The unfavorable preconception health indicators varied considerably by demographic factors (Table 2). Compared with non-Hispanic white women, non-Hispanic black women and Hispanic women had a 50% and 30% higher prevalence, respectively, of obesity, and a 20% higher prevalence of physical inactivity, being overweight, and not consuming a daily multivitamin. The most striking racial/ethnic differences were observed for chronic medical conditions. Compared with non-Hispanic white women, non-Hispanic black women had three times the prevalence of hypertension and anemia and two times the prevalence of diabetes. Among Hispanic women, the prevalence of diabetes was 80% higher and the prevalence of anemia was 60% higher than among non-Hispanic white women. The prevalence of alcohol consumption and binge drinking during the 3 months before pregnancy were highest among groups of women who were non-Hispanic white, aged 20–34 years, had more than a high school education, had health-care coverage before pregnancy, had an unintended pregnancy, and for whom Medicaid did not pay for delivery.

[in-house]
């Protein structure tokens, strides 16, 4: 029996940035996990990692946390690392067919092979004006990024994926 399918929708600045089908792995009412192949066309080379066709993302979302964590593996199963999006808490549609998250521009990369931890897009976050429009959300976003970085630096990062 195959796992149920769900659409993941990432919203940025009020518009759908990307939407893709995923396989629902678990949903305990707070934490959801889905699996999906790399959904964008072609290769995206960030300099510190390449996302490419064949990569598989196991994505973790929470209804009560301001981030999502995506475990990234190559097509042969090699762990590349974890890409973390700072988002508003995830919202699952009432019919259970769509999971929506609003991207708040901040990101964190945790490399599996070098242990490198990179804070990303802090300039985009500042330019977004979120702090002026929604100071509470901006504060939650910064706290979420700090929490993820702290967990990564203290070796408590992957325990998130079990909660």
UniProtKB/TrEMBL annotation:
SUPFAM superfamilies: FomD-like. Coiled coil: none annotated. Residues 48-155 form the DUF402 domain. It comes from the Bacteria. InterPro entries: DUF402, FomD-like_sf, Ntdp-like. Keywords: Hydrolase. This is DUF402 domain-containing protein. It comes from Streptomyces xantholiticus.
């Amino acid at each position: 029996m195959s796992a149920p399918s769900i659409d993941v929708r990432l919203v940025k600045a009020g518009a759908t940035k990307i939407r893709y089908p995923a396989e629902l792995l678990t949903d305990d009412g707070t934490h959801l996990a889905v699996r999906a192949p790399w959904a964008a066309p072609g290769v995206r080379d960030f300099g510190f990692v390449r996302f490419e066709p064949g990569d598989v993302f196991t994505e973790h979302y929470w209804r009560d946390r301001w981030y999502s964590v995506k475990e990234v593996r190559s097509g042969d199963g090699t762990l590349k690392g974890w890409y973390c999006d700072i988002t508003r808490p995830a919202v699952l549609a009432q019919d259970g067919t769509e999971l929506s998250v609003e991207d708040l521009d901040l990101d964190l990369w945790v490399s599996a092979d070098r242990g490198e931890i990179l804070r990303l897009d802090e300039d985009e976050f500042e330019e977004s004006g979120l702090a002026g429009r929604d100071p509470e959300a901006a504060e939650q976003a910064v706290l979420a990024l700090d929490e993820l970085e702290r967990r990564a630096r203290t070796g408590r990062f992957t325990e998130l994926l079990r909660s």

Within the surveyed population, 59% of women reported that Medicaid paid for delivery. Medicaid paid for deliveries among women with incomes ≤185% of the federal poverty level. Women for whom Medicaid paid for delivery and those who did not have health-care coverage before pregnancy had a higher prevalence of smoking, physical inactivity, not consuming daily multivitamins, and adverse health conditions (Table 1). Among women with an intended pregnancy, lack of health-care coverage before pregnancy was associated with a 70% higher prevalence of anemia, 50% higher prevalence of being underweight, 30% higher prevalence of obesity and not consuming daily multivitamins, and 20% higher prevalence of physical inactivity (Table 3). For women with unintended pregnancies, lack of health-care coverage before pregnancy was associated with slightly higher prevalences of no daily multivitamin use, smoking, overweight, and anemia. During 2002–2010, statistically significant increases over time were observed in health-care coverage before pregnancy (52% to 59%), binge drinking (15% to 21%), and obesity (17% to 24%). In multivariate models that controlled for age, race/ethnicity, education, and pregnancy intent, Medicaid-paid deliveries predicted higher levels of anemia, diabetes, obesity, smoking, physical inactivity, and lower levels of daily multivitamin consumption, compared with deliveries that were not paid for by Medicaid.